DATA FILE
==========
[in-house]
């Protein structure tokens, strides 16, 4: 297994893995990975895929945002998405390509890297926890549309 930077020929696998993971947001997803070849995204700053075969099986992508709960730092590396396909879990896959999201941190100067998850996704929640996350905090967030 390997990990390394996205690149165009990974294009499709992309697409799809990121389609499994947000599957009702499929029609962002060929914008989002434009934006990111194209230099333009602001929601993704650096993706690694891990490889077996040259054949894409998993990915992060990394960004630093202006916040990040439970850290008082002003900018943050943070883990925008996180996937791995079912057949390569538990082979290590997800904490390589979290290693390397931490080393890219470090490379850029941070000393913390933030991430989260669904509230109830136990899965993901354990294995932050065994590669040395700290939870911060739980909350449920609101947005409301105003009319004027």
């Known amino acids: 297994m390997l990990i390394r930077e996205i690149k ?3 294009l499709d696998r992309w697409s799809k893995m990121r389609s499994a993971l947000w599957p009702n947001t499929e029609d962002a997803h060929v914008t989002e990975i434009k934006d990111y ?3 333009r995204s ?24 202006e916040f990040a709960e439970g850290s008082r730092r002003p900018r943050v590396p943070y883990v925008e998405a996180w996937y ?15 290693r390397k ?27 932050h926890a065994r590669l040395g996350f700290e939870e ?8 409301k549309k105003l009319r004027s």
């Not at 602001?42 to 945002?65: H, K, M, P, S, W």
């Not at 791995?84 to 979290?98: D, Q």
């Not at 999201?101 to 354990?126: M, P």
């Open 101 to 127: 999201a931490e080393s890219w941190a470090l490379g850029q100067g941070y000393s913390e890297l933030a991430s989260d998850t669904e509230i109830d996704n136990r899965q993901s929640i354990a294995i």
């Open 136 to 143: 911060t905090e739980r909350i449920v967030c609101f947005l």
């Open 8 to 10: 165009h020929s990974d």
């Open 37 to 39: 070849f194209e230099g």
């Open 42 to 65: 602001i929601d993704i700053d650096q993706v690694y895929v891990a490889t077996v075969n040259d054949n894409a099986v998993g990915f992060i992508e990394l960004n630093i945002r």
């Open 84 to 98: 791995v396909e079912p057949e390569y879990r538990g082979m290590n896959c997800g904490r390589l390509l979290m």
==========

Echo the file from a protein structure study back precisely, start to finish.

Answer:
[in-house]
């Protein structure tokens, strides 16, 4: 297994893995990975895929945002998405390509890297926890549309 930077020929696998993971947001997803070849995204700053075969099986992508709960730092590396396909879990896959999201941190100067998850996704929640996350905090967030 390997990990390394996205690149165009990974294009499709992309697409799809990121389609499994947000599957009702499929029609962002060929914008989002434009934006990111194209230099333009602001929601993704650096993706690694891990490889077996040259054949894409998993990915992060990394960004630093202006916040990040439970850290008082002003900018943050943070883990925008996180996937791995079912057949390569538990082979290590997800904490390589979290290693390397931490080393890219470090490379850029941070000393913390933030991430989260669904509230109830136990899965993901354990294995932050065994590669040395700290939870911060739980909350449920609101947005409301105003009319004027």
């Known amino acids: 297994m390997l990990i390394r930077e996205i690149k ?3 294009l499709d696998r992309w697409s799809k893995m990121r389609s499994a993971l947000w599957p009702n947001t499929e029609d962002a997803h060929v914008t989002e990975i434009k934006d990111y ?3 333009r995204s ?24 202006e916040f990040a709960e439970g850290s008082r730092r002003p900018r943050v590396p943070y883990v925008e998405a996180w996937y ?15 290693r390397k ?27 932050h926890a065994r590669l040395g996350f700290e939870e ?8 409301k549309k105003l009319r004027s």
């Not at 602001?42 to 945002?65: H, K, M, P, S, W």
């Not at 791995?84 to 979290?98: D, Q």
């Not at 999201?101 to 354990?126: M, P």
């Open 101 to 127: 999201a931490e080393s890219w941190a470090l490379g850029q100067g941070y000393s913390e890297l933030a991430s989260d998850t669904e509230i109830d996704n136990r899965q993901s929640i354990a294995i």
């Open 136 to 143: 911060t905090e739980r909350i449920v967030c609101f947005l």
């Open 8 to 10: 165009h020929s990974d």
């Open 37 to 39: 070849f194209e230099g």
């Open 42 to 65: 602001i929601d993704i700053d650096q993706v690694y895929v891990a490889t077996v075969n040259d054949n894409a099986v998993g990915f992060i992508e990394l960004n630093i945002r």
């Open 84 to 98: 791995v396909e079912p057949e390569y879990r538990g082979m290590n896959c997800g904490r390589l390509l979290m």